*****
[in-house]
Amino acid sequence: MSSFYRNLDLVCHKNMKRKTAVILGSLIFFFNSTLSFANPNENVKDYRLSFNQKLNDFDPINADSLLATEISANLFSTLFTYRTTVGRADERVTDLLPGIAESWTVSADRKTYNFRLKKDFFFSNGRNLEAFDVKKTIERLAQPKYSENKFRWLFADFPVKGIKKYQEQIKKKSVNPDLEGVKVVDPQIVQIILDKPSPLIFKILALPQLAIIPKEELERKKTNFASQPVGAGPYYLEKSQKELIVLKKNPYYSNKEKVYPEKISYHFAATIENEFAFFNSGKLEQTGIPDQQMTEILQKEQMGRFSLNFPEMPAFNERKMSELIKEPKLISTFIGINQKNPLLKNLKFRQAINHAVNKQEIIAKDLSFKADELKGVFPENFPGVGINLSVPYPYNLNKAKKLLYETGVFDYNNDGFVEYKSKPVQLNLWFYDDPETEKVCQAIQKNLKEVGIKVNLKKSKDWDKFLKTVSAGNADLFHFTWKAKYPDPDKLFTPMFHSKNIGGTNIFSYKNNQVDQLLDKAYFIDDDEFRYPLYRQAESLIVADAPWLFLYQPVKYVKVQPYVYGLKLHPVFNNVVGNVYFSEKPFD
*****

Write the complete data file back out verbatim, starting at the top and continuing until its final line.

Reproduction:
[in-house]
Amino acid sequence: MSSFYRNLDLVCHKNMKRKTAVILGSLIFFFNSTLSFANPNENVKDYRLSFNQKLNDFDPINADSLLATEISANLFSTLFTYRTTVGRADERVTDLLPGIAESWTVSADRKTYNFRLKKDFFFSNGRNLEAFDVKKTIERLAQPKYSENKFRWLFADFPVKGIKKYQEQIKKKSVNPDLEGVKVVDPQIVQIILDKPSPLIFKILALPQLAIIPKEELERKKTNFASQPVGAGPYYLEKSQKELIVLKKNPYYSNKEKVYPEKISYHFAATIENEFAFFNSGKLEQTGIPDQQMTEILQKEQMGRFSLNFPEMPAFNERKMSELIKEPKLISTFIGINQKNPLLKNLKFRQAINHAVNKQEIIAKDLSFKADELKGVFPENFPGVGINLSVPYPYNLNKAKKLLYETGVFDYNNDGFVEYKSKPVQLNLWFYDDPETEKVCQAIQKNLKEVGIKVNLKKSKDWDKFLKTVSAGNADLFHFTWKAKYPDPDKLFTPMFHSKNIGGTNIFSYKNNQVDQLLDKAYFIDDDEFRYPLYRQAESLIVADAPWLFLYQPVKYVKVQPYVYGLKLHPVFNNVVGNVYFSEKPFD